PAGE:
The growing trend among employers to enforce companywide social media policies has sparked the birth of the Password Protection Act of 2012. The new legislation prevents companies from requiring employees to provide access to their personal social networking accounts. While many companies may create a social media policy to protect their corporate reputation, a new Workplace Options and Public Policy Polling survey of American workers shows that companies who scrutinize their employees' personal accounts and social media activity may be doing more harm than good.
In general, respondents agree that social media policies in the workplace are necessary; however, their opinions quickly change once these policies become overbearing. The poll results, released by Workplace Options, show there is a fine line between companies having a social media policy and social media policies that are too intrusive.
Eighty-nine percent of respondents stated that employers have no right to demand personal social networking passwords. And 68% of respondents said that forcing employees to hand over passwords to their personal accounts would harm employer-employee relations.
Strike a balance
"Companies should protect themselves and their employees by setting clear expectations on proper social media use in the office," says Dean Debnam, CEO of Workplace Options. "However, employers must be cautious of how far they take these regulations. While social media policies themselves are not a problem, survey results show that employees do not support any intrusive measures, such as demanding access to passwords."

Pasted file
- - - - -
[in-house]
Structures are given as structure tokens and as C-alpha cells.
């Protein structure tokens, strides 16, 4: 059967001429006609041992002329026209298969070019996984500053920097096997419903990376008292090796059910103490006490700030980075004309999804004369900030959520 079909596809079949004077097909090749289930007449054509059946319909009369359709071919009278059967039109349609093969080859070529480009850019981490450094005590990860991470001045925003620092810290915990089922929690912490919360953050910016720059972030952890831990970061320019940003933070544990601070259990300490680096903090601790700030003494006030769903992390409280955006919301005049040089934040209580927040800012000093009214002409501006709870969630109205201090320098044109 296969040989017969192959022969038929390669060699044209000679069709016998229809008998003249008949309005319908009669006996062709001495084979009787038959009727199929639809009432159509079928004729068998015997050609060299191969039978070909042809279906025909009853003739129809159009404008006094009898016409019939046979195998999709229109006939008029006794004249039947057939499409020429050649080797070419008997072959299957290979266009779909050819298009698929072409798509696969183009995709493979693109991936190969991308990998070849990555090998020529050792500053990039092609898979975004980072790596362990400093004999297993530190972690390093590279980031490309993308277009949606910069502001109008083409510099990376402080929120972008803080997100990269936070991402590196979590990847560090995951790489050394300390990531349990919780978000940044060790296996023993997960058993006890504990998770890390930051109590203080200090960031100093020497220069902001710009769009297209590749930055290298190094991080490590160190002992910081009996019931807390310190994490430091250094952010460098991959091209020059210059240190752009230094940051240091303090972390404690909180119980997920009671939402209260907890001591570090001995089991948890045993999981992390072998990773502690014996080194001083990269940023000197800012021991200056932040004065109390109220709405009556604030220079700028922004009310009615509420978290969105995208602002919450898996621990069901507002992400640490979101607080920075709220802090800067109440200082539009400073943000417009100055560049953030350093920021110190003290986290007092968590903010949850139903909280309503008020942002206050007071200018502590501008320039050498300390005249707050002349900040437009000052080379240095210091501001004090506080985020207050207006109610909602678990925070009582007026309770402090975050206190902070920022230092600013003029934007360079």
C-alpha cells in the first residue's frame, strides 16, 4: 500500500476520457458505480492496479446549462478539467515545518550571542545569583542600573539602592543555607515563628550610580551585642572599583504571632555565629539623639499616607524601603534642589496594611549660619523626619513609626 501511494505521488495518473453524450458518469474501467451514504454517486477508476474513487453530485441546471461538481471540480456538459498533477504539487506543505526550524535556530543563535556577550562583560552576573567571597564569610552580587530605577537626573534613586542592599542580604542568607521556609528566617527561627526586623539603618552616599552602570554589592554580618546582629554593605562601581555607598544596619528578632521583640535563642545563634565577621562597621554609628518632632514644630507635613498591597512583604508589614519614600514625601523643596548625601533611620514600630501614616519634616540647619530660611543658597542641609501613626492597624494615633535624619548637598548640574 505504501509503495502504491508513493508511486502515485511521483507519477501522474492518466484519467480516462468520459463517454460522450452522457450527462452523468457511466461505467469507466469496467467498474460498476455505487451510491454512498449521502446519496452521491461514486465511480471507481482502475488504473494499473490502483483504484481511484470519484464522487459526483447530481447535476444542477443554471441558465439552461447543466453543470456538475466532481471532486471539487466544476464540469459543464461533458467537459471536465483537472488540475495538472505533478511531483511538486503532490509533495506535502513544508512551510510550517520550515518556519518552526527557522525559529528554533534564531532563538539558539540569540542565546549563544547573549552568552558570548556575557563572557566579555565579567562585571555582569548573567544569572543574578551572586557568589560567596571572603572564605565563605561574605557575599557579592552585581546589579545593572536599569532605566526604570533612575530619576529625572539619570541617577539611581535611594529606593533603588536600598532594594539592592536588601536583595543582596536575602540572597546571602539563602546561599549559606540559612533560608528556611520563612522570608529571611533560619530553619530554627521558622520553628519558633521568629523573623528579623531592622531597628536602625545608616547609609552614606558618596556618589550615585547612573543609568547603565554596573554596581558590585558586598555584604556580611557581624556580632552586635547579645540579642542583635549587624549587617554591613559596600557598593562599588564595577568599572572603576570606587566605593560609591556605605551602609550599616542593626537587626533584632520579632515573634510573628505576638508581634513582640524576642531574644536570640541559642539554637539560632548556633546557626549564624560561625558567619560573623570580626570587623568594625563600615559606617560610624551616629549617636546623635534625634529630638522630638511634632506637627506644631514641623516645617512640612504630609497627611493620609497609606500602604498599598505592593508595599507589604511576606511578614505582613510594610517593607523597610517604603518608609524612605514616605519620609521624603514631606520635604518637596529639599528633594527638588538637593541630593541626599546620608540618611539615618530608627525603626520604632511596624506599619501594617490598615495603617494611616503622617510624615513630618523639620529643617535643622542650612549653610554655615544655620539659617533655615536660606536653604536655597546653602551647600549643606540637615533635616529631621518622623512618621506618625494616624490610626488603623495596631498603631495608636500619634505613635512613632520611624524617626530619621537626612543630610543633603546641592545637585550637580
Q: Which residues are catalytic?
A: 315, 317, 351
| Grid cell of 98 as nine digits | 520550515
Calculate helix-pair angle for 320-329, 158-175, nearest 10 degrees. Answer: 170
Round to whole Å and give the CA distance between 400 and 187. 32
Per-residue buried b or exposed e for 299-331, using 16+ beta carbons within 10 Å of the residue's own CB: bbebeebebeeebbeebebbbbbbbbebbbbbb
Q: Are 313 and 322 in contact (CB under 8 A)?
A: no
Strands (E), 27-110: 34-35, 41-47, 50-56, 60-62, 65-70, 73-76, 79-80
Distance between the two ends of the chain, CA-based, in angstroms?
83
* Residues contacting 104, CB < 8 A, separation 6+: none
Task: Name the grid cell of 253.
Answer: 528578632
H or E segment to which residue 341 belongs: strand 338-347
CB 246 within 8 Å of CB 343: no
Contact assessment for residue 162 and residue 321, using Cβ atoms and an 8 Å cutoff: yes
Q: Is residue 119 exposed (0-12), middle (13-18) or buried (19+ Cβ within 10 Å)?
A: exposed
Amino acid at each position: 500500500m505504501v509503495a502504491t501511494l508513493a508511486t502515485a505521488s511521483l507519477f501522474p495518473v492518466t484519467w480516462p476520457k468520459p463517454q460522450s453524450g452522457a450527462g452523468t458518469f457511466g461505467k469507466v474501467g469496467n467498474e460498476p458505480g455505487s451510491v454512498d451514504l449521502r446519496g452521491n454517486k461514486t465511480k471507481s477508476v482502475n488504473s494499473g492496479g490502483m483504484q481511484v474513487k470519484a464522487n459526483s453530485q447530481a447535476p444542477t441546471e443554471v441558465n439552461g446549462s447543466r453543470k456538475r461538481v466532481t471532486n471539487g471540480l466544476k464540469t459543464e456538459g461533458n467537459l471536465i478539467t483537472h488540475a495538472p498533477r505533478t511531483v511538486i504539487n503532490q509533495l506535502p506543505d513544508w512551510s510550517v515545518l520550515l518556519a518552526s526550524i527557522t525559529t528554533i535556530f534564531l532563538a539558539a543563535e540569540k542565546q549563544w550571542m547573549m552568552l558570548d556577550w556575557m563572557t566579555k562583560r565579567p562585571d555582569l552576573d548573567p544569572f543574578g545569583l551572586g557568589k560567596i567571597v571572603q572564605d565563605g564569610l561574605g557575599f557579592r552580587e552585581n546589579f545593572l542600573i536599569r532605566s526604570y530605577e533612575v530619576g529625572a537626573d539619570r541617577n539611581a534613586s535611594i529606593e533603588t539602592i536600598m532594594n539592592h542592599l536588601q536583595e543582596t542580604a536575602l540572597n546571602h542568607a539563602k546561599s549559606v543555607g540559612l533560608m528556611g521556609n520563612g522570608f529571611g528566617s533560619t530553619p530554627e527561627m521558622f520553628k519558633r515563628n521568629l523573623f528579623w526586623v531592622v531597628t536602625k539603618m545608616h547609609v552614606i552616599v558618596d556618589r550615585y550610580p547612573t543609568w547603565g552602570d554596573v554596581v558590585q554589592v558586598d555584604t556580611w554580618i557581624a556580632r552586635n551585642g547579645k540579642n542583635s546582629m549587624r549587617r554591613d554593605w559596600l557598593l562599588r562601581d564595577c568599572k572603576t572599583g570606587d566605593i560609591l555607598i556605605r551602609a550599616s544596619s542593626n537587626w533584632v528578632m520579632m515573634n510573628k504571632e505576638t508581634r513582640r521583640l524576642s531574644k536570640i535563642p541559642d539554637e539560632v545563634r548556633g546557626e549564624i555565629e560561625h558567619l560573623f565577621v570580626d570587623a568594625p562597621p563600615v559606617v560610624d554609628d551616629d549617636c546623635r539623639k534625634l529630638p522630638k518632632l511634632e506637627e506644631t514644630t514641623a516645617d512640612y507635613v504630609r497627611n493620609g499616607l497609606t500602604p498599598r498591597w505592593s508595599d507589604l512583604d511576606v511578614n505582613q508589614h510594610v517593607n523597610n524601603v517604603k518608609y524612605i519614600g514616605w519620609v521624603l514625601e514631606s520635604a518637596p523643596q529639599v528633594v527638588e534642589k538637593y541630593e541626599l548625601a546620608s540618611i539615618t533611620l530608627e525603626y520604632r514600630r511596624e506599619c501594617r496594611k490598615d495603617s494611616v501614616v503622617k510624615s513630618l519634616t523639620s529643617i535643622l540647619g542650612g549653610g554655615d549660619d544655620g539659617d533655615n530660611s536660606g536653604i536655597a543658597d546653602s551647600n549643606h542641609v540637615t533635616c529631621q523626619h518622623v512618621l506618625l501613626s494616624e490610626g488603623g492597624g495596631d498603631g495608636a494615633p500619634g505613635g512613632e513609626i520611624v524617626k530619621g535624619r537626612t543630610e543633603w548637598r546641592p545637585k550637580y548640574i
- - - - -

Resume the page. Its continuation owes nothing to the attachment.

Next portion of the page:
Other survey results include:
* Only 31% of respondents work for a company that currently has a social media policy.
* Even if there is a policy in place, only one in four people (25%) use social media applications during the workday.
* Regardless, the majority of respondents (72%) reported that they never check social media during work hours.
* Fifty-three percent of male respondents stated that companies should hold employees responsible for posting inappropriate content on social networking sites, compared to 39% of female respondents.
"With the recent increase in technology and social media use, we anticipate more and more employees will be using social media at work, and more companies will begin creating social media policies," Debnam added. "It will be important for employers to be mindful of the guidelines put in place, striking a balance between necessary regulations and intrusive demands."
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